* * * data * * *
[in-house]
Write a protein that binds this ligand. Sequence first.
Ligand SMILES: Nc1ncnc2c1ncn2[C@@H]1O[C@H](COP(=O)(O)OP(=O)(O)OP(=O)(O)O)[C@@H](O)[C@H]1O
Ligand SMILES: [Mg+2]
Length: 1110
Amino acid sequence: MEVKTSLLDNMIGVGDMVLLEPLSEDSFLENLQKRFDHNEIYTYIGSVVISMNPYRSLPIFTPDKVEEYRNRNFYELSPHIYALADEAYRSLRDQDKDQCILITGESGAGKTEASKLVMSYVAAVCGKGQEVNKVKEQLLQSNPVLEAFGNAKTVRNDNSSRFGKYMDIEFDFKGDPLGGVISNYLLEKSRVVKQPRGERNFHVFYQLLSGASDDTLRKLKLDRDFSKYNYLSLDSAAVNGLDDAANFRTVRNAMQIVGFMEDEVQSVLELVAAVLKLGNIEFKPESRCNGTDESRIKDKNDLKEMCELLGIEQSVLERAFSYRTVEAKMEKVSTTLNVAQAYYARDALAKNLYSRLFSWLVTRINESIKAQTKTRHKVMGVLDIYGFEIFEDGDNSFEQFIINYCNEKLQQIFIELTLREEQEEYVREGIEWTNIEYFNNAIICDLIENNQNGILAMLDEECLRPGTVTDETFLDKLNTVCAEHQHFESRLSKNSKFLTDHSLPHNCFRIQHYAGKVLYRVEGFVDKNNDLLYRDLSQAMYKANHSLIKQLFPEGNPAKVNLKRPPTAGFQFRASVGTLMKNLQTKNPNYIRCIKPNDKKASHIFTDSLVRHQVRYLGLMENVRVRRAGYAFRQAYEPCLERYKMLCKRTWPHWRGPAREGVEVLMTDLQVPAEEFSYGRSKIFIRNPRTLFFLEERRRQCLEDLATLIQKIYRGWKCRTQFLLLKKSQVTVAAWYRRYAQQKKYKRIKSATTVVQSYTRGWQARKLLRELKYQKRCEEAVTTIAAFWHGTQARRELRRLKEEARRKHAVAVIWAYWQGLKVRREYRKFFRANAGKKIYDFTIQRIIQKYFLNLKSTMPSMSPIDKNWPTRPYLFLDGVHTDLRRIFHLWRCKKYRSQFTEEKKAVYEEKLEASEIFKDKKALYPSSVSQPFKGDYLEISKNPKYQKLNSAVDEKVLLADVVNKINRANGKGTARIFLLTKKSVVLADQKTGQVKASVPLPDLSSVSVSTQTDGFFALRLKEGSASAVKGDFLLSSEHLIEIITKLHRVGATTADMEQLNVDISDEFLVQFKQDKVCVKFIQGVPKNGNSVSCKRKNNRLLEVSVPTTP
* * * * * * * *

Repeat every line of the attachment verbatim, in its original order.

[in-house]
Write a protein that binds this ligand. Sequence first.
Ligand SMILES: Nc1ncnc2c1ncn2[C@@H]1O[C@H](COP(=O)(O)OP(=O)(O)OP(=O)(O)O)[C@@H](O)[C@H]1O
Ligand SMILES: [Mg+2]
Length: 1110
Amino acid sequence: MEVKTSLLDNMIGVGDMVLLEPLSEDSFLENLQKRFDHNEIYTYIGSVVISMNPYRSLPIFTPDKVEEYRNRNFYELSPHIYALADEAYRSLRDQDKDQCILITGESGAGKTEASKLVMSYVAAVCGKGQEVNKVKEQLLQSNPVLEAFGNAKTVRNDNSSRFGKYMDIEFDFKGDPLGGVISNYLLEKSRVVKQPRGERNFHVFYQLLSGASDDTLRKLKLDRDFSKYNYLSLDSAAVNGLDDAANFRTVRNAMQIVGFMEDEVQSVLELVAAVLKLGNIEFKPESRCNGTDESRIKDKNDLKEMCELLGIEQSVLERAFSYRTVEAKMEKVSTTLNVAQAYYARDALAKNLYSRLFSWLVTRINESIKAQTKTRHKVMGVLDIYGFEIFEDGDNSFEQFIINYCNEKLQQIFIELTLREEQEEYVREGIEWTNIEYFNNAIICDLIENNQNGILAMLDEECLRPGTVTDETFLDKLNTVCAEHQHFESRLSKNSKFLTDHSLPHNCFRIQHYAGKVLYRVEGFVDKNNDLLYRDLSQAMYKANHSLIKQLFPEGNPAKVNLKRPPTAGFQFRASVGTLMKNLQTKNPNYIRCIKPNDKKASHIFTDSLVRHQVRYLGLMENVRVRRAGYAFRQAYEPCLERYKMLCKRTWPHWRGPAREGVEVLMTDLQVPAEEFSYGRSKIFIRNPRTLFFLEERRRQCLEDLATLIQKIYRGWKCRTQFLLLKKSQVTVAAWYRRYAQQKKYKRIKSATTVVQSYTRGWQARKLLRELKYQKRCEEAVTTIAAFWHGTQARRELRRLKEEARRKHAVAVIWAYWQGLKVRREYRKFFRANAGKKIYDFTIQRIIQKYFLNLKSTMPSMSPIDKNWPTRPYLFLDGVHTDLRRIFHLWRCKKYRSQFTEEKKAVYEEKLEASEIFKDKKALYPSSVSQPFKGDYLEISKNPKYQKLNSAVDEKVLLADVVNKINRANGKGTARIFLLTKKSVVLADQKTGQVKASVPLPDLSSVSVSTQTDGFFALRLKEGSASAVKGDFLLSSEHLIEIITKLHRVGATTADMEQLNVDISDEFLVQFKQDKVCVKFIQGVPKNGNSVSCKRKNNRLLEVSVPTTP